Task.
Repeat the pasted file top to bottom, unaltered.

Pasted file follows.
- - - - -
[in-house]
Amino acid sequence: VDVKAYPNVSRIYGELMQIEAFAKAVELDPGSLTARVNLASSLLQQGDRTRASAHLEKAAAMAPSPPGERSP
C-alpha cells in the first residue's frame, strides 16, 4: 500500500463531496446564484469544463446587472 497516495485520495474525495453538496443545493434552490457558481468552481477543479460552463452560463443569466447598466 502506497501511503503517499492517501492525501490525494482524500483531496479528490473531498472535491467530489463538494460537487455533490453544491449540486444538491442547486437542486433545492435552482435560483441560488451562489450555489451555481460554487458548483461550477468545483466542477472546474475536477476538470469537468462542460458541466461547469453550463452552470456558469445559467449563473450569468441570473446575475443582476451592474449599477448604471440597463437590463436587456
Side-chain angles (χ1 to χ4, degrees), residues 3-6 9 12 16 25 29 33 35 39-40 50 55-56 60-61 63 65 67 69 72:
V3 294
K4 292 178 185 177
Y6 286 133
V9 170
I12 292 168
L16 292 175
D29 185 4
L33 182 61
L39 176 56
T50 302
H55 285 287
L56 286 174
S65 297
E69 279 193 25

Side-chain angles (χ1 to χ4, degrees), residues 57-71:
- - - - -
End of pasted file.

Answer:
[in-house]
Amino acid sequence: VDVKAYPNVSRIYGELMQIEAFAKAVELDPGSLTARVNLASSLLQQGDRTRASAHLEKAAAMAPSPPGERSP
C-alpha cells in the first residue's frame, strides 16, 4: 500500500463531496446564484469544463446587472 497516495485520495474525495453538496443545493434552490457558481468552481477543479460552463452560463443569466447598466 502506497501511503503517499492517501492525501490525494482524500483531496479528490473531498472535491467530489463538494460537487455533490453544491449540486444538491442547486437542486433545492435552482435560483441560488451562489450555489451555481460554487458548483461550477468545483466542477472546474475536477476538470469537468462542460458541466461547469453550463452552470456558469445559467449563473450569468441570473446575475443582476451592474449599477448604471440597463437590463436587456
Side-chain angles (χ1 to χ4, degrees), residues 3-6 9 12 16 25 29 33 35 39-40 50 55-56 60-61 63 65 67 69 72:
V3 294
K4 292 178 185 177
Y6 286 133
V9 170
I12 292 168
L16 292 175
D29 185 4
L33 182 61
L39 176 56
T50 302
H55 285 287
L56 286 174
S65 297
E69 279 193 25

Side-chain angles (χ1 to χ4, degrees), residues 57-71: